EFFECT OF DROUGHT ON THE PRODUCTION OF PLANT PIGMENTS

W. A. Beck
1942 Plant Physiology  
It was established previously that light and heat influence pigment production in plants more than any other environmental factors, and that drought plays only a minor role in the cause of the seasonal variation of the pigment present in field plants. The conclusion regarding the influence of soil moisture was arrived at from direct experimental evidence and data furnished by the Abbe Meteorological Observatory in Cincinnati (3). The work of FURLINGER and the conclusions drawn from it caused
more » ... n from it caused reasonable doubt regarding the minor importance of soil moisture. FURLINGER (4) proved that excised sunflower cotyledons fail to become green when they are plasmolyzed in sugar solution and are exposed to light. If the same cotyledons are deplasmolyzed, however, they become green when they remain exposed to the light. The conclusion is drawn that plasmolysis influences the physiological activity of the protoplasm in such a manner that the production of chlorophyll is inhibited. It is the purpose of the present work to study the influence of drought on pigment production more carefully and to determine quantitatively the amount of chlorophyll, xanthophyll, and carotene produced under varying drought conditions. Methods In some of the experiments the soil was permitted to dry naturally but in most of them an artificial or "physiological" drought (SCHIMPER's expression) was induced by saturating the soil with sugar solution. In the control experiments the soil was saturated with water. The greatest concentration of the sugar solution employed was 0.38 mol. The osmotic pressure of this solution is 10.6 atm. (6) which is equivalent to the maximum suction tension found in the hypocotyl of the seedlings employed. The maximum suction tension of the hypocotyl was found in the cortical tissue directly beneath the cotyledons. Sugar solution of this concentration in the soil effectively prevents any water from the soil reaching the cotyledons. Graded sugar solutions of lesser concentrations were also employed. In other experiments the cotyledons were excised and submerged in water or hypertonic sugar solution during the period of irradiation. The amount of pigment present in the seedlings which were not irradiated and not treated was also determined so that the effect of the various factors might be estimated on the basis of the initial amount of pigment present. Sunflower seeds of the same strain and harvest were employed in order to reduce, as much as possible, the individual differences of the test plants. The seeds were planted in pots filled with 487 www.plantphysiol.org on July 23, 2018 -Published by Downloaded from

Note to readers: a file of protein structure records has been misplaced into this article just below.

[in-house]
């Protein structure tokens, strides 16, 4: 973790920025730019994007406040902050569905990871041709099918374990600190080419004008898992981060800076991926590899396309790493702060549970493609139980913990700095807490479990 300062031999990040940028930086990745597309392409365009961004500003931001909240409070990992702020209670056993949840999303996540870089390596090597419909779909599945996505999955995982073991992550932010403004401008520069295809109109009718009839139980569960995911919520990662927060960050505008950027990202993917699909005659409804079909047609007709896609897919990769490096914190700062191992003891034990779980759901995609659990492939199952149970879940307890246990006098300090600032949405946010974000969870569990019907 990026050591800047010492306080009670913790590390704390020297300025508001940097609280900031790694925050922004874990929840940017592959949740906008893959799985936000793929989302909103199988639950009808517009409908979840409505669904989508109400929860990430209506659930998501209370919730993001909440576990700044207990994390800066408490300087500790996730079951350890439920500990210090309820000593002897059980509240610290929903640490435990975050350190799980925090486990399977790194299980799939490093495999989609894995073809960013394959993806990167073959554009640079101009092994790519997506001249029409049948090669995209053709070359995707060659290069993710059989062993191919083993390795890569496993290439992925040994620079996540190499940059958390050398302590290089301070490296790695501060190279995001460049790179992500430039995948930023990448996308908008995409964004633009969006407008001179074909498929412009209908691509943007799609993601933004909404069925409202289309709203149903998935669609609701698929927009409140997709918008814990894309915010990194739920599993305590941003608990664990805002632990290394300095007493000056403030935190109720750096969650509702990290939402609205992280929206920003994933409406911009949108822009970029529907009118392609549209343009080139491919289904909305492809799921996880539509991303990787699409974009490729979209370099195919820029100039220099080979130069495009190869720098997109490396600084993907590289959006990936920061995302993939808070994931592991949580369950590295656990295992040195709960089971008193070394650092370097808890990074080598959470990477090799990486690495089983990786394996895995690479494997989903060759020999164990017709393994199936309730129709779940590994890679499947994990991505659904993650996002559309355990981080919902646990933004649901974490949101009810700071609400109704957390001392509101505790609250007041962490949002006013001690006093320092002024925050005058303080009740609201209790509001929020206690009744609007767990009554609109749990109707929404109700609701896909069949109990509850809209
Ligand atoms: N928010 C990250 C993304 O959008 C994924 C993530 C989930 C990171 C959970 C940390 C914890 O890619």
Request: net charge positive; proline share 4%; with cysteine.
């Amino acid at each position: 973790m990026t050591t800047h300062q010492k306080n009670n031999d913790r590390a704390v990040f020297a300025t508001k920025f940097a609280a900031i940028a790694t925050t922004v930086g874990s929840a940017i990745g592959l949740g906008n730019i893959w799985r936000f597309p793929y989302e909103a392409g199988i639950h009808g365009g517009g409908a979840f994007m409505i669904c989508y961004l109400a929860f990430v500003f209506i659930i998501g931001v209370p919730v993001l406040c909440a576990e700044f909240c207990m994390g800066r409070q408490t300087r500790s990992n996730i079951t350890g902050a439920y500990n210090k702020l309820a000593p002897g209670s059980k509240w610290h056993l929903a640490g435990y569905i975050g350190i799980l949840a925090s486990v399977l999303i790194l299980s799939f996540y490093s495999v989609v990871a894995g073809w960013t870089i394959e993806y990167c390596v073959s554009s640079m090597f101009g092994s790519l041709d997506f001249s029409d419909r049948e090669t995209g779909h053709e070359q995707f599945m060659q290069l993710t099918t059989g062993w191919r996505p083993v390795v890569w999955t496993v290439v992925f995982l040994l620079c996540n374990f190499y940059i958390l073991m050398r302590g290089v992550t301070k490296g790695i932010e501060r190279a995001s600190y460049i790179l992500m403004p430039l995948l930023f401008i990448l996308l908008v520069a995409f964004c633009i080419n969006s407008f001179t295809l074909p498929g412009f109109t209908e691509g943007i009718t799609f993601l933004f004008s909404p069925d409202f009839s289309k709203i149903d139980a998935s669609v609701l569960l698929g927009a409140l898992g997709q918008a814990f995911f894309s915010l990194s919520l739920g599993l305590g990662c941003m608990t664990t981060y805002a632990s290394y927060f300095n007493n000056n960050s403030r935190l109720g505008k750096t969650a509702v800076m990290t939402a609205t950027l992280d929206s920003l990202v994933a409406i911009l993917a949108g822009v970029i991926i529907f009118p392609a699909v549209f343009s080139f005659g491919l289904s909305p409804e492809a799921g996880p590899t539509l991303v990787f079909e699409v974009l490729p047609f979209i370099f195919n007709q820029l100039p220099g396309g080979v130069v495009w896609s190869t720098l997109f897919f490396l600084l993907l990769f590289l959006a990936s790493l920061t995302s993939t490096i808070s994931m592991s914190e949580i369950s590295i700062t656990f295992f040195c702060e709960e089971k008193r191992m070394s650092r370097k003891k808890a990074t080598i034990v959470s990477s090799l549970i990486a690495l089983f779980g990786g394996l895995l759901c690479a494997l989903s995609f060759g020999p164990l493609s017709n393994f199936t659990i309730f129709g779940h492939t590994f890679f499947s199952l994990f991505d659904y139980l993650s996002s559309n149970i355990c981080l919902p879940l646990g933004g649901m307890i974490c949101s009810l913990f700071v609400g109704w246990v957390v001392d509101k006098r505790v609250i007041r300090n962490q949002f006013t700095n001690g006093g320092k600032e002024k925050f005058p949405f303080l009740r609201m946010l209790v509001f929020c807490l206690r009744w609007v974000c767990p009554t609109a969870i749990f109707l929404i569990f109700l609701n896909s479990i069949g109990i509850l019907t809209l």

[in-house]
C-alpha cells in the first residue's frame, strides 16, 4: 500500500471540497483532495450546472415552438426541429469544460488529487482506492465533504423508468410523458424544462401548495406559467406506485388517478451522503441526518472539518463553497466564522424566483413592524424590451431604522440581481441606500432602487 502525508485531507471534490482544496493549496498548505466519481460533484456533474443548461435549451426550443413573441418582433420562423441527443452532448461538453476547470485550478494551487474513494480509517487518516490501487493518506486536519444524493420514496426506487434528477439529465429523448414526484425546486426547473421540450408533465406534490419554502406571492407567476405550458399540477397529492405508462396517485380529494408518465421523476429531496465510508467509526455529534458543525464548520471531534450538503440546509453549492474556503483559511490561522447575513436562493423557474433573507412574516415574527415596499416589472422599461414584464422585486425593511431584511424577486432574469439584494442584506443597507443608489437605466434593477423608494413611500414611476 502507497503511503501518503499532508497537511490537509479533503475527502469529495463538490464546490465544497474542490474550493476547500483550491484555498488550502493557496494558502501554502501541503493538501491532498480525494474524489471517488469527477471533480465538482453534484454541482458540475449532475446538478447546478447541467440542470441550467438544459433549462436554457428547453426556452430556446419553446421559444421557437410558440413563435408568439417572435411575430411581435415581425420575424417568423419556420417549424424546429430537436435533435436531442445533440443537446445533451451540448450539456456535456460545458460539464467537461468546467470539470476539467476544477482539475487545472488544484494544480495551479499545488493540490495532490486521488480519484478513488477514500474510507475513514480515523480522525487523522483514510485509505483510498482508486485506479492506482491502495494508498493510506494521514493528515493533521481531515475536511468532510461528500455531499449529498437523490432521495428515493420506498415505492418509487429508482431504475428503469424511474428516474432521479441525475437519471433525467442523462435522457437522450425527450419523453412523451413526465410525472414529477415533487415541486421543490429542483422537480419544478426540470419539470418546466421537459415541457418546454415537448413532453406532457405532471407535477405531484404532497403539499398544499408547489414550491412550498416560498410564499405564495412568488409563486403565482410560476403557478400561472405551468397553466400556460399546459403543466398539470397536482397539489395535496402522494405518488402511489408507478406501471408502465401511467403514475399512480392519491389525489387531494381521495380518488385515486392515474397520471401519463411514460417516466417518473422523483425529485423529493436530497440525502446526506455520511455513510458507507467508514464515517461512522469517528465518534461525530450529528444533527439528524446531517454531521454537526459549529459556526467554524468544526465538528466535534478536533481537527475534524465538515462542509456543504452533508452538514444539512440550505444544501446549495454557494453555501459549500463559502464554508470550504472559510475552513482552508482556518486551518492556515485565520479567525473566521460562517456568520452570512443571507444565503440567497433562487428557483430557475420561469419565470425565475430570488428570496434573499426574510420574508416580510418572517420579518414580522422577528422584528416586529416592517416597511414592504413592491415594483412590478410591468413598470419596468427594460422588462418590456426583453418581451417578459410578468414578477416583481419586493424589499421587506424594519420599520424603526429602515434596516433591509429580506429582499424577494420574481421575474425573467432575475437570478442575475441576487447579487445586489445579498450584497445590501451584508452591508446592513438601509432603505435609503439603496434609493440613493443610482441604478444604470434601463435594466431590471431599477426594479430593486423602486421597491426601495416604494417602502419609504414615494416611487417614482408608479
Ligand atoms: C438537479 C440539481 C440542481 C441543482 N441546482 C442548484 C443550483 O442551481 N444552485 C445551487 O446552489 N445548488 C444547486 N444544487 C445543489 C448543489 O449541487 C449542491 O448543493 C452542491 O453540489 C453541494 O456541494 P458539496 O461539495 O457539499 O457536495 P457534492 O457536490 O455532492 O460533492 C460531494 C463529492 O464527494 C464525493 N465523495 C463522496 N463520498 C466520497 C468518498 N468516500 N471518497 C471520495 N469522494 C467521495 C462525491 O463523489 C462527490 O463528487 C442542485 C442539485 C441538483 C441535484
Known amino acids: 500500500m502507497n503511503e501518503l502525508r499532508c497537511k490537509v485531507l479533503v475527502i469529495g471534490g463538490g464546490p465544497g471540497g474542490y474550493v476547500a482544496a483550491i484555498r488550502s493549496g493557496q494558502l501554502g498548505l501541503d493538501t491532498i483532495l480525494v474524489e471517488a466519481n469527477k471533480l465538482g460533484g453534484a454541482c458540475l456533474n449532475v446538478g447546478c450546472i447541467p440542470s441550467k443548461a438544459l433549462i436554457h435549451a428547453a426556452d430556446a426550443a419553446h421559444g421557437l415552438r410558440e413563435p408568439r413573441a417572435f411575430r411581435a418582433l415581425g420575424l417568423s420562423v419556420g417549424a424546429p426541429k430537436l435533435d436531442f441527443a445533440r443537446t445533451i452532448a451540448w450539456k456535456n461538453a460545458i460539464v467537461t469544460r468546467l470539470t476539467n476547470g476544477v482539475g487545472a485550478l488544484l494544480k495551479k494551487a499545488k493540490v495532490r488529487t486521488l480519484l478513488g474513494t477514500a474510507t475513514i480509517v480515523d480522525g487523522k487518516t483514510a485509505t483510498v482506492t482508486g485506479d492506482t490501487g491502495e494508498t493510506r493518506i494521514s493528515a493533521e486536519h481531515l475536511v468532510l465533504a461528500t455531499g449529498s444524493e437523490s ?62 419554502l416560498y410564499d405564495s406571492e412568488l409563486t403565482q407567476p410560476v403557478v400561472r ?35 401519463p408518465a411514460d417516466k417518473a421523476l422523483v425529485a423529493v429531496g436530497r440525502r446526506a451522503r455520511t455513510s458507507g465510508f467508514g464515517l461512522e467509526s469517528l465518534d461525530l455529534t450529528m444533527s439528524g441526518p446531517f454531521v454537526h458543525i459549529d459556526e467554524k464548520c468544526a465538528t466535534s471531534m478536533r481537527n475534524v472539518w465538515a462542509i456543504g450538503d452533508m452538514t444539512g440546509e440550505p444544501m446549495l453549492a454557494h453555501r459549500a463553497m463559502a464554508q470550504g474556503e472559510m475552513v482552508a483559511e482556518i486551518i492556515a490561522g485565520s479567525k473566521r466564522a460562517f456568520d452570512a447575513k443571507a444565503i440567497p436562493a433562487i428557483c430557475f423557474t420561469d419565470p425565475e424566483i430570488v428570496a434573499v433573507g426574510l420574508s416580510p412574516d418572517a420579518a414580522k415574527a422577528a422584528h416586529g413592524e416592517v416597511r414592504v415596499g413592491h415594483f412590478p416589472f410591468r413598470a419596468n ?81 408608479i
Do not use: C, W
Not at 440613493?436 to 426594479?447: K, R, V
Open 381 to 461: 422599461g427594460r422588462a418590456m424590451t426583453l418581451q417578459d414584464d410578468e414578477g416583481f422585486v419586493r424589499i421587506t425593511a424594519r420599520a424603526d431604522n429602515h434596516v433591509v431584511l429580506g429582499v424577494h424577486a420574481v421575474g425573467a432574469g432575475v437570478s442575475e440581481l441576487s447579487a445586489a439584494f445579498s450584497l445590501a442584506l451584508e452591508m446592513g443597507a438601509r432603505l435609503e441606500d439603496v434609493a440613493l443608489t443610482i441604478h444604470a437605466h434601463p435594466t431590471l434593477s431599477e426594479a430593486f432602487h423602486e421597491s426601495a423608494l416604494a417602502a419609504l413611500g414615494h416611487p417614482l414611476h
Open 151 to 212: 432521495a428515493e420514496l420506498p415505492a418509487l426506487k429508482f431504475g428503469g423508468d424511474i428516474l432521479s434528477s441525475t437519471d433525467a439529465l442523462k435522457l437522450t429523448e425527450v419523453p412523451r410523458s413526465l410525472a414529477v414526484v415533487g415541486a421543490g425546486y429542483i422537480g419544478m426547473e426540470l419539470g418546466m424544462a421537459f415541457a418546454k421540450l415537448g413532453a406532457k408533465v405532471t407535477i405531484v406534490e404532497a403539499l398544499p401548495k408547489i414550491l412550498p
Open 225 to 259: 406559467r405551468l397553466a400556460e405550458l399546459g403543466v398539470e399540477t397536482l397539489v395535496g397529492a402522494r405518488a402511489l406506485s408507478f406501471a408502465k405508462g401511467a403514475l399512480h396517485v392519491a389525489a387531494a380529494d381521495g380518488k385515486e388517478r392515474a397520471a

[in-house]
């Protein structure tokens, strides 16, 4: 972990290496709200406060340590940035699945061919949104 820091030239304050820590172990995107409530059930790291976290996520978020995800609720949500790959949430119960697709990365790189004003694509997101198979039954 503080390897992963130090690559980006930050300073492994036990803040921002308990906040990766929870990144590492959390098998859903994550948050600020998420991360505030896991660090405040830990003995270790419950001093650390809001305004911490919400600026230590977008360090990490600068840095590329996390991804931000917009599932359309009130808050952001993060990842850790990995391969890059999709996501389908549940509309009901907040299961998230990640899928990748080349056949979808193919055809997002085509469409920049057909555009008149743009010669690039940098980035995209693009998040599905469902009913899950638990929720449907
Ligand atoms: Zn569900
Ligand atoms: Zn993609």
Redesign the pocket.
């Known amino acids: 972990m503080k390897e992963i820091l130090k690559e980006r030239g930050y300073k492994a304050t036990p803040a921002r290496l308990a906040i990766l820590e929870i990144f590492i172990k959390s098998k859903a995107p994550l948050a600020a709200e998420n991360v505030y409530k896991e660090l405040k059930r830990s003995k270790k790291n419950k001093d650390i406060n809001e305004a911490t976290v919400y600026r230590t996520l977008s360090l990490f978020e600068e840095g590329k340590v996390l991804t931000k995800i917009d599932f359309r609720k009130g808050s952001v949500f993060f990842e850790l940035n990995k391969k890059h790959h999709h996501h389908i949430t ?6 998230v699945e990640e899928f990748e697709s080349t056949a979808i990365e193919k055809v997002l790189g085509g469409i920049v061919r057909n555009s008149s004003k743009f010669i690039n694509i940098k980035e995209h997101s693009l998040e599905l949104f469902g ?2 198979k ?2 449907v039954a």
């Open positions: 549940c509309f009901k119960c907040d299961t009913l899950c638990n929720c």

doi:10.1104/pp.17.3.487 pmid:16653796 pmcid:PMC438044 fatcat:6rj7aou375aa3aedky4ss5odcu